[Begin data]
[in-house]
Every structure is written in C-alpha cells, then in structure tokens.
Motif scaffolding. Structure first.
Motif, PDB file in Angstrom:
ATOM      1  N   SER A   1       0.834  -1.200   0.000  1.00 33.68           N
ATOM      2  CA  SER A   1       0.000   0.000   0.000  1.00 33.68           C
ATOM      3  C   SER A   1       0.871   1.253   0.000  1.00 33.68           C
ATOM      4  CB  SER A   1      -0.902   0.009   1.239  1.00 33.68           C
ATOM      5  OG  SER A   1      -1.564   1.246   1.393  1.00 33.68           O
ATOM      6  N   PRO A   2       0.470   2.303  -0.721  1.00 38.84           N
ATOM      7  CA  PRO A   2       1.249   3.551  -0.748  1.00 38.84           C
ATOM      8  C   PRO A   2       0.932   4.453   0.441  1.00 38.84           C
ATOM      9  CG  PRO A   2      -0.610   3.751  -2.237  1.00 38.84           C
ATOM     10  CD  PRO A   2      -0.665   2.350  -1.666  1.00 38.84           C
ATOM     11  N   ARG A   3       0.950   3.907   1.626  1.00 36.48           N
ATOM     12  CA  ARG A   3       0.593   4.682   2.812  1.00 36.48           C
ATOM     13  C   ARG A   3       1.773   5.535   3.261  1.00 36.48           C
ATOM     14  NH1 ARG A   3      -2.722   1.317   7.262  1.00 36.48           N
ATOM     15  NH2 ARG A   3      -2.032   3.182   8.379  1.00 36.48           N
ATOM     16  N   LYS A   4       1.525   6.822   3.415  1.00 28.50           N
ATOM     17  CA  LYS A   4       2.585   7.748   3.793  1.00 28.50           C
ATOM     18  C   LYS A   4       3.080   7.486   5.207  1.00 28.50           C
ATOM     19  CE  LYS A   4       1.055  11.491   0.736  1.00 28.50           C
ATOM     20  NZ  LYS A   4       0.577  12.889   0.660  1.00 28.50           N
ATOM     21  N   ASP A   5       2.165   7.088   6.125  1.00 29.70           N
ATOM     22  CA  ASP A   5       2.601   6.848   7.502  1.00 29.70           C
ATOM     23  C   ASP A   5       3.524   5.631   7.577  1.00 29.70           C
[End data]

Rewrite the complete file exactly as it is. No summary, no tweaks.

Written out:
[in-house]
Every structure is written in C-alpha cells, then in structure tokens.
Motif scaffolding. Structure first.
Motif, PDB file in Angstrom:
ATOM      1  N   SER A   1       0.834  -1.200   0.000  1.00 33.68           N
ATOM      2  CA  SER A   1       0.000   0.000   0.000  1.00 33.68           C
ATOM      3  C   SER A   1       0.871   1.253   0.000  1.00 33.68           C
ATOM      4  CB  SER A   1      -0.902   0.009   1.239  1.00 33.68           C
ATOM      5  OG  SER A   1      -1.564   1.246   1.393  1.00 33.68           O
ATOM      6  N   PRO A   2       0.470   2.303  -0.721  1.00 38.84           N
ATOM      7  CA  PRO A   2       1.249   3.551  -0.748  1.00 38.84           C
ATOM      8  C   PRO A   2       0.932   4.453   0.441  1.00 38.84           C
ATOM      9  CG  PRO A   2      -0.610   3.751  -2.237  1.00 38.84           C
ATOM     10  CD  PRO A   2      -0.665   2.350  -1.666  1.00 38.84           C
ATOM     11  N   ARG A   3       0.950   3.907   1.626  1.00 36.48           N
ATOM     12  CA  ARG A   3       0.593   4.682   2.812  1.00 36.48           C
ATOM     13  C   ARG A   3       1.773   5.535   3.261  1.00 36.48           C
ATOM     14  NH1 ARG A   3      -2.722   1.317   7.262  1.00 36.48           N
ATOM     15  NH2 ARG A   3      -2.032   3.182   8.379  1.00 36.48           N
ATOM     16  N   LYS A   4       1.525   6.822   3.415  1.00 28.50           N
ATOM     17  CA  LYS A   4       2.585   7.748   3.793  1.00 28.50           C
ATOM     18  C   LYS A   4       3.080   7.486   5.207  1.00 28.50           C
ATOM     19  CE  LYS A   4       1.055  11.491   0.736  1.00 28.50           C
ATOM     20  NZ  LYS A   4       0.577  12.889   0.660  1.00 28.50           N
ATOM     21  N   ASP A   5       2.165   7.088   6.125  1.00 29.70           N
ATOM     22  CA  ASP A   5       2.601   6.848   7.502  1.00 29.70           C
ATOM     23  C   ASP A   5       3.524   5.631   7.577  1.00 29.70           C